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Family  Tornidae





The family Tornidae was previously known as Vitrinellidae, but Tornidae is now accepted as an earlier name.

In the discussion of this family in The Southern Synthesis in 1990, Ponder & de Keyzer summarised the state of knowledge as ",This 'family' is in such a state of taxonomic chaos that any discussion of even the genera present in Australia is premature". As there has been no substantial publications on the family since then, this is still the situation.

Species presently assigned to Tornidae occur in temperate and tropical seas worldwide. There are currently 42 species recorded from Australia, mostly from the tropical north. In NSW there are 8 species.

The NSW species of this family are notable for their diversity. Species vary in size from 1 mm to 10 mm;, in sculpture from glassy smooth to solid and heavily nodulose; in habitat from intertidal in sheltered bays to living on wood at 384 m. About the only character the shells have in common is a moderate to low conical form with an open umbilicus, but even this last feature is disguised in one species where the umbilicus has a secondarily callus.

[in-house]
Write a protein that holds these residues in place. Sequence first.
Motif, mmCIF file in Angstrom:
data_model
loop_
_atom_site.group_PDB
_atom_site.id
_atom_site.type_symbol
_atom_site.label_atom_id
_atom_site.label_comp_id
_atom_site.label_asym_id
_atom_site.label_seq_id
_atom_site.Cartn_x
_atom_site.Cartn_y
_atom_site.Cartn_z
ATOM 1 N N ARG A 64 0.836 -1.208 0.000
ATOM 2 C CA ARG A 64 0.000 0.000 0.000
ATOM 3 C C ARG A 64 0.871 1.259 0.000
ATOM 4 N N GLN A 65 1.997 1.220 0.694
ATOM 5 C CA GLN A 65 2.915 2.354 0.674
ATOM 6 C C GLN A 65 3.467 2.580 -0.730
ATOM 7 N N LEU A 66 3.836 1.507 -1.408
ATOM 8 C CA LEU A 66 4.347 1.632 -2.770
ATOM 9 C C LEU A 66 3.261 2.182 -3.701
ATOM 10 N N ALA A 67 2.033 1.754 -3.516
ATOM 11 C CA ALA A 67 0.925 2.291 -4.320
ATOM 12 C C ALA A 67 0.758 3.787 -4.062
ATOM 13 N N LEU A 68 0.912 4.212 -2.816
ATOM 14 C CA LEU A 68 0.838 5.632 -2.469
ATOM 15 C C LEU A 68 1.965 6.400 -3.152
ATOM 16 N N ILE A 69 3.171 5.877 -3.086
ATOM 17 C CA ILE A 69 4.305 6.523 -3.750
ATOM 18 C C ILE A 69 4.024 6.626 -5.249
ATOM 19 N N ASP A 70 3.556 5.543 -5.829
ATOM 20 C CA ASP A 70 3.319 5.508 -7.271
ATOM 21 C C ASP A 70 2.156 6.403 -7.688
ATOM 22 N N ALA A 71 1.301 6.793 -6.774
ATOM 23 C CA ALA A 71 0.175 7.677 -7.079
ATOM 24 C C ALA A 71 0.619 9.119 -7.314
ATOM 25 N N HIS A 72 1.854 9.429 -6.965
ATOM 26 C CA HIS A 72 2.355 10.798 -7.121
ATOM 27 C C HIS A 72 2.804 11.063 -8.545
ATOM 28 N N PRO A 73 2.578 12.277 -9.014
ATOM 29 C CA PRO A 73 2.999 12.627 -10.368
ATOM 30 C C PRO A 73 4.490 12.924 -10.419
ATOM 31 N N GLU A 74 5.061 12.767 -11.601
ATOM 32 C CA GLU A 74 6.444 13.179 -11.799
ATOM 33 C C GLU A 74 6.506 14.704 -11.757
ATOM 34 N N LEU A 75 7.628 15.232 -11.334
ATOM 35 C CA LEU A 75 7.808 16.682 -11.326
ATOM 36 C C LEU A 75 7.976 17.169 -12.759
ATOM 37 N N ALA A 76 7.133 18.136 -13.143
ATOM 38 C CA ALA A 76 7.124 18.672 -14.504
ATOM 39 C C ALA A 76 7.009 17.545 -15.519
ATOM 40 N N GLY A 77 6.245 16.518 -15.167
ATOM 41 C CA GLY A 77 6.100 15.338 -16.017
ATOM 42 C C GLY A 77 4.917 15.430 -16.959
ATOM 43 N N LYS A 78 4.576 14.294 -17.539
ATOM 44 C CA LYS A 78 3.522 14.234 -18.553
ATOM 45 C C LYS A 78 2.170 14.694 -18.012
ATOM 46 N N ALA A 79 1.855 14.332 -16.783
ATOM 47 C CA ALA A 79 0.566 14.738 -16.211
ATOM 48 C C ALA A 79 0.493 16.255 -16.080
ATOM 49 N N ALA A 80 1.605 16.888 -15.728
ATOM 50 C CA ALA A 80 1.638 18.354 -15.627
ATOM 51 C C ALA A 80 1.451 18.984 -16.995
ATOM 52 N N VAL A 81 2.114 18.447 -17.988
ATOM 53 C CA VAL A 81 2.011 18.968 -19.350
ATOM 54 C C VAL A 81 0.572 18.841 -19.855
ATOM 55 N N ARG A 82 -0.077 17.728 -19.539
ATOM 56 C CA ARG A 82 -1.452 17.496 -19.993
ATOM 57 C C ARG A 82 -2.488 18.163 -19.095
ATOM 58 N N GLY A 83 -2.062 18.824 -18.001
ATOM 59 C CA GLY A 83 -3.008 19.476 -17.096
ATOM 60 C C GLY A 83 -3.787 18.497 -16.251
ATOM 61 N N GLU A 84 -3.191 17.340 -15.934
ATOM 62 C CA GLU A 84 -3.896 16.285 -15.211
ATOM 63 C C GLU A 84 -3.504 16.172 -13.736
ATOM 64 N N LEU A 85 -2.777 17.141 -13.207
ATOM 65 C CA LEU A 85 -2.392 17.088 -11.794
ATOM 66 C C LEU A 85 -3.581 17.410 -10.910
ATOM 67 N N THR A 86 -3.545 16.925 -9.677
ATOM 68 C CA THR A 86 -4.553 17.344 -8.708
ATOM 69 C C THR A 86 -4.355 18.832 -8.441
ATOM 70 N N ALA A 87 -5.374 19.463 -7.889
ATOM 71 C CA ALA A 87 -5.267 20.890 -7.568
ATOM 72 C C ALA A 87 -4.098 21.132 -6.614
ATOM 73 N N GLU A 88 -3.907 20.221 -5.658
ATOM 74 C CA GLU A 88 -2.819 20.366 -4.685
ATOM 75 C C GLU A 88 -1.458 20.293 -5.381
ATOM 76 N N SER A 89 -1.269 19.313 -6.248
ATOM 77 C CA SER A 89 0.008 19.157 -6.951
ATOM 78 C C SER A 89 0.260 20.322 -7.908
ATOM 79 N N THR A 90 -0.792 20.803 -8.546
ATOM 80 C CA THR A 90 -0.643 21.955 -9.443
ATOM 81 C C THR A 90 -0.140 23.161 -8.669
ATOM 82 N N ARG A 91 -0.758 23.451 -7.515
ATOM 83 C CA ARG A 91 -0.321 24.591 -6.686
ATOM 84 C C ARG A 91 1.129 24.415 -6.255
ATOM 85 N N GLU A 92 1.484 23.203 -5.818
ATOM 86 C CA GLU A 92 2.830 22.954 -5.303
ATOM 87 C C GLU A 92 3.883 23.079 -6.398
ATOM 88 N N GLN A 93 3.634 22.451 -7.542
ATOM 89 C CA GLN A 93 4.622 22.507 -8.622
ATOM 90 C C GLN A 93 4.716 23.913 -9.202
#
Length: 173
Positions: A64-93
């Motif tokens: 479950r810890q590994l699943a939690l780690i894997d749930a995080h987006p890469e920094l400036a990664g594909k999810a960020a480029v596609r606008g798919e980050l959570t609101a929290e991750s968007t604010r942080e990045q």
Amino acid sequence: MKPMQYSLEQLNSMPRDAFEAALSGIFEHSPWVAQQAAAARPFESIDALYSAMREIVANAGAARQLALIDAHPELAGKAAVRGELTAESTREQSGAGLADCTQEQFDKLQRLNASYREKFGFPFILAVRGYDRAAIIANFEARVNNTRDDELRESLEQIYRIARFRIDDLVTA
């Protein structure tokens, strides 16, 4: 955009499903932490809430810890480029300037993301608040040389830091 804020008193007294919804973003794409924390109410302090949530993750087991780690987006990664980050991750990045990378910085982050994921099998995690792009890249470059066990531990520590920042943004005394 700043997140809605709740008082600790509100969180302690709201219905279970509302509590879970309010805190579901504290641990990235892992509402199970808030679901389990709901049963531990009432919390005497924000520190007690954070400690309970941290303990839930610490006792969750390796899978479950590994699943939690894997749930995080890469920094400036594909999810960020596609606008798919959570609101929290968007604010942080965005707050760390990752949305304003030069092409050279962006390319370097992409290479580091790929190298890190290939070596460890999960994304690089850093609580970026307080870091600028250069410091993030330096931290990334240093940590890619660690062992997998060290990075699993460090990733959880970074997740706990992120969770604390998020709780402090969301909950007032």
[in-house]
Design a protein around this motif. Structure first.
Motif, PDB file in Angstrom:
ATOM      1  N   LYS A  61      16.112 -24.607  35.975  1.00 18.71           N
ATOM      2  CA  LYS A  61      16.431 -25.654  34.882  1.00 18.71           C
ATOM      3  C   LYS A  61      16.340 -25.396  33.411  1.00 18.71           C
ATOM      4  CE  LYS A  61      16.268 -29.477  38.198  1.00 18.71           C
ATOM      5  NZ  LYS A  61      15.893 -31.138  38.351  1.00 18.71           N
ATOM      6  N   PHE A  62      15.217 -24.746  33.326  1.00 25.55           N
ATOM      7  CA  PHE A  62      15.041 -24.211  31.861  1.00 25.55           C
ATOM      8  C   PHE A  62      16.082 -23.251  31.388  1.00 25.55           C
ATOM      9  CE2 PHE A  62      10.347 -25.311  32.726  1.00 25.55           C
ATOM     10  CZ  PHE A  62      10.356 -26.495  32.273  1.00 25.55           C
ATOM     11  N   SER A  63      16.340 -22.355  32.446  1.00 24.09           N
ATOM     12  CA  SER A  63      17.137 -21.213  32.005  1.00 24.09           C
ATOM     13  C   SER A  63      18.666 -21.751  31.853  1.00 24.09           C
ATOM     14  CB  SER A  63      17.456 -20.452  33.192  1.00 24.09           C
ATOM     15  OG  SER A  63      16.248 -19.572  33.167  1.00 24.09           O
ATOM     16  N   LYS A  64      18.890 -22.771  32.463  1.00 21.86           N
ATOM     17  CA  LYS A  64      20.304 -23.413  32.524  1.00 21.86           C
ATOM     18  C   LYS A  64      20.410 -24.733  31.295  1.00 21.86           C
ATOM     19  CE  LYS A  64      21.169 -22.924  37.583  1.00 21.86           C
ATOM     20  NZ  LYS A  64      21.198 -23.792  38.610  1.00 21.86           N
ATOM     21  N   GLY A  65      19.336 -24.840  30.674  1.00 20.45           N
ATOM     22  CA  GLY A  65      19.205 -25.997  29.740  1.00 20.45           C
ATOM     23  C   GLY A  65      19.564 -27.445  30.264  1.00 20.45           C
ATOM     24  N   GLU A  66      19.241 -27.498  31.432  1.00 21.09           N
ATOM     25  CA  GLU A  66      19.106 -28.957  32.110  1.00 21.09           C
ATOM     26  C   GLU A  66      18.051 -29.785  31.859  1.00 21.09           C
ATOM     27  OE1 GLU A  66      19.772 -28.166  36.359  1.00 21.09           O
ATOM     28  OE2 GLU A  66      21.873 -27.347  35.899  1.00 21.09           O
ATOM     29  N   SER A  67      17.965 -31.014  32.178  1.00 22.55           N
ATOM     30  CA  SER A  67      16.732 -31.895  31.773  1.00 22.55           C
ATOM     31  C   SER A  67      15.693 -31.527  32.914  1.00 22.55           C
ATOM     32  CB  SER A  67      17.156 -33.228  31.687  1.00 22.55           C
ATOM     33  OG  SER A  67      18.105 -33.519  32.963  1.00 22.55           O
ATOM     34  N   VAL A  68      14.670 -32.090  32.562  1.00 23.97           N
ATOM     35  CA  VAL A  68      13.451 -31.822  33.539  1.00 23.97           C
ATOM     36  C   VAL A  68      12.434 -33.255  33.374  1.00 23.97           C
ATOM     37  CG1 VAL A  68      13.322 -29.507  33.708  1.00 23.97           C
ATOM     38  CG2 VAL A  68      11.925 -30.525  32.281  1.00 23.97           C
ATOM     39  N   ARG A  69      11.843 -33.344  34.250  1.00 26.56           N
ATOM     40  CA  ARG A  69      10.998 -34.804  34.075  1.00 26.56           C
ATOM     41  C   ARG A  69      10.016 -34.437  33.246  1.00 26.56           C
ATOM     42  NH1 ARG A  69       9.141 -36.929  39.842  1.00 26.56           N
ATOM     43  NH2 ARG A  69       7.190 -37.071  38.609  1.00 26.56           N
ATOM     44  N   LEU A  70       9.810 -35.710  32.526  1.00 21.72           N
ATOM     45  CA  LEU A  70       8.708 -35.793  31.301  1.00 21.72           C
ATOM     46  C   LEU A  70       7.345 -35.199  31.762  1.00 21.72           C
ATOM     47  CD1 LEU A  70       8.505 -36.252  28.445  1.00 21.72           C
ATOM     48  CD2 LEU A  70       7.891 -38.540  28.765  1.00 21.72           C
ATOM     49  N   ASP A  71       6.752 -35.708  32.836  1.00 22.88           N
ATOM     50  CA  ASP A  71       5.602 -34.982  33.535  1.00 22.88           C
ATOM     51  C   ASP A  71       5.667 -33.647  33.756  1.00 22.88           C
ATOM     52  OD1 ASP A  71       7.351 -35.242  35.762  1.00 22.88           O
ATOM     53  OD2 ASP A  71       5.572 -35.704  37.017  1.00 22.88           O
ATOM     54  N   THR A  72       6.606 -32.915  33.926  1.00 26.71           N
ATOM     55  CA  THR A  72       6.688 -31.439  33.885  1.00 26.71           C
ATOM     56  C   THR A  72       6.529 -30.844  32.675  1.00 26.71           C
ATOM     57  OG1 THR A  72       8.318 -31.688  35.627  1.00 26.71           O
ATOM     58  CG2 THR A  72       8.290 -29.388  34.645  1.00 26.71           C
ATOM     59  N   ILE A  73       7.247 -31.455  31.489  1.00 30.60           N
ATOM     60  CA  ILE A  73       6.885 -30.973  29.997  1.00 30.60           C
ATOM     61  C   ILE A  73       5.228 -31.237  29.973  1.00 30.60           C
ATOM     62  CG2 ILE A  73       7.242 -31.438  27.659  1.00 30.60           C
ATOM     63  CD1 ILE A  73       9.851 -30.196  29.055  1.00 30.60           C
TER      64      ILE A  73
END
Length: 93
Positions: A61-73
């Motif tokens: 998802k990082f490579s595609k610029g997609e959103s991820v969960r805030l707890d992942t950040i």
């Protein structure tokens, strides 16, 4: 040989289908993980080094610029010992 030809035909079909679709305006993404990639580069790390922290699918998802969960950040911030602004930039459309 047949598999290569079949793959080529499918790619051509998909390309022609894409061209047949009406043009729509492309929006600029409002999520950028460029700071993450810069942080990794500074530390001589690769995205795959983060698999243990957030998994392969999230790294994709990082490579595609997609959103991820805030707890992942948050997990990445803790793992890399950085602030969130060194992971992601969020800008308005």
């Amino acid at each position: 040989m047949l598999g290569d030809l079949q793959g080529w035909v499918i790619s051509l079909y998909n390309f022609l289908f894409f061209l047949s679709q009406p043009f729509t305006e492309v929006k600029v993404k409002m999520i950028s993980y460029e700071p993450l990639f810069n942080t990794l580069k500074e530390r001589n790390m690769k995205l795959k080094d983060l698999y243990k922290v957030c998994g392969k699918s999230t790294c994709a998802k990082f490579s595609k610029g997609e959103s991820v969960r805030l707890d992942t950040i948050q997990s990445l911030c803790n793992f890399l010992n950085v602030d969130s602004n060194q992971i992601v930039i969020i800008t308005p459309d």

Family Referece

There is no literature that deals with the Australian fauna in a systematic manner. In the past the species have been scattered across several families. Laseron (1954), in his paper on the NSW Liotidae, included six of the species in that family, as he worked from empty shells alone.

Laseron, C. 1954. Revison of the Liotiidae of New South Wales. The Australian Zoologist 12: 1-25


In addition to the species detailed, there is one further species:

Partubiola blancha Iredale, 1936 Known only from the holotype, obtained from seabed sub-surface dredging from Sydney Harbour. Similar to Laciniorbis morti, but with a smooth periphery. Probably fossil.

Identification Notes

Beyond a moderately low or low conical shell with widely open umbilicus there are no shell features that reliably place species in this family.

Copyright Des Beechey 2014